Occupation and occupational exposure to UV light as risk factors for hairy cell leukaemia evaluated in a case-control study

Eur J Cancer Prev. 1997 Oct;6(5):467-72. doi: 10.1097/00008469-199710000-00006.


To investigate the role of occupation as a risk factor for hairy cell leukaemia a case-control study on 121 male, hairy cell leukaemia (HCL) patients, and 484 controls matched for age and sex, was conducted. We found significantly elevated risk for HCL among building painters (OR, 5.7; 95% CI, 1.6-20.8; based on six cases and four controls) and construction workers (OR, 3.3; CI, 1.2-9.2; based on seven cases and eight controls). Farming has been suggested as a risk factor in HCL. In this investigation farmers had an OR of 1.2 (CI, 0.6-2.3) and farm workers an OR of 1.5 (CI, 0.8-2.8). However, having ever worked in farming yielded an OR of 1.8 (CI, 1.1-2.9). Having grown up mainly in a rural area gave an OR of 1.4 (CI, 0.9-2.4). UV light has been suggested as a risk factor for non-Hodgkin's lymphoma (NHL). To evaluate the impact of UV exposure, classification of occupations as indoor, outdoor or mixed indoor/outdoor was made. Outdoor and mixed outdoor/indoor work yielded ORs of 2.3 (1.0-4.9) and 1.6 (1.0-2.5), respectively. When the effect of outdoor/indoor or mixed indoor/outdoor work was analysed using a scoring system the OR was 2.0 (CI, 0.9-4.4) for farmers compared with 0.8 (CI, 0.3-1.9) among non-farmers in the highest scoring group. There was no clear correlation between socioeconomic status as defined by the Swedish Socio-Economic Classification (SEI), and the risk of HCL. As many comparisons were made, the possibility of associations occurring by chance can not be excluded.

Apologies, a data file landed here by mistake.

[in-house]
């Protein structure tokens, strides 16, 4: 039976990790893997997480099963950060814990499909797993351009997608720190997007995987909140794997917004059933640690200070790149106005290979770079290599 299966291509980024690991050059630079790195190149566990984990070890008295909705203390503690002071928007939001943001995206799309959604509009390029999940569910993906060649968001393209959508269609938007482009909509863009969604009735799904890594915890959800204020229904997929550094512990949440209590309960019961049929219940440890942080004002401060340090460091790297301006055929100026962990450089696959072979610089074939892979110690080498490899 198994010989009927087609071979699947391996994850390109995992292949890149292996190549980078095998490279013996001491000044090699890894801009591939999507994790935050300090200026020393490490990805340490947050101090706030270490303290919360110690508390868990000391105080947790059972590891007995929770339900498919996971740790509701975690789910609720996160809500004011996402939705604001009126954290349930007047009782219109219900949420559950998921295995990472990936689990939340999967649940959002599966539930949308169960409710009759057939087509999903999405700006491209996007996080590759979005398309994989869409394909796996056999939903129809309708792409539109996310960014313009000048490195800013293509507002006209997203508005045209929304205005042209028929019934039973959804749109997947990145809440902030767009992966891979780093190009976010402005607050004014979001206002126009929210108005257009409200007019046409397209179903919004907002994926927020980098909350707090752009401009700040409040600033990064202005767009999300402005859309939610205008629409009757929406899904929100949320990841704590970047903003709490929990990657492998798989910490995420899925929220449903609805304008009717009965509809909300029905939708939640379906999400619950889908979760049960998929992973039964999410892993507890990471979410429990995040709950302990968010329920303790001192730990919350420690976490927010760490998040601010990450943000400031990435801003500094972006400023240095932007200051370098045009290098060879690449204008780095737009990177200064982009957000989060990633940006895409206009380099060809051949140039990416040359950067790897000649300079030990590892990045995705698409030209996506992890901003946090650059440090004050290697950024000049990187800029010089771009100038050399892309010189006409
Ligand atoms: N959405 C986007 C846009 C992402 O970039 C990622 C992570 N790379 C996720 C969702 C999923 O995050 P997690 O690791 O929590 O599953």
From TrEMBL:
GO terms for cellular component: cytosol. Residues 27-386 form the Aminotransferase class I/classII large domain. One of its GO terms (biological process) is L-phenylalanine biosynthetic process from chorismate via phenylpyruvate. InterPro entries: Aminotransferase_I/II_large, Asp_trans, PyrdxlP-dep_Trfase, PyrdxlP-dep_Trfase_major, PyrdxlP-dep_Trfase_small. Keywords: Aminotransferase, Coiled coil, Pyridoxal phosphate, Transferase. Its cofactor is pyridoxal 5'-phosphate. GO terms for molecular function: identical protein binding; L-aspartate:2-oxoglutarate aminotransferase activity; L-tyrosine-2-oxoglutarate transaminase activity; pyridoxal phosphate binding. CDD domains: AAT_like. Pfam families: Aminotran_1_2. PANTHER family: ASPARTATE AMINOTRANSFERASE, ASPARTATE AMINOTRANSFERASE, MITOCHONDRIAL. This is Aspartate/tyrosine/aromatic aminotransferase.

Publication types

  • Research Support, Non-U.S. Gov't
  • Review

MeSH terms

  • Adult
  • Case-Control Studies
  • Humans
  • Leukemia, Hairy Cell / etiology*
  • Male
  • Occupational Exposure / adverse effects*
  • Odds Ratio
  • Risk Factors
  • Surveys and Questionnaires
  • Sweden
  • Time Factors
  • Ultraviolet Rays / adverse effects*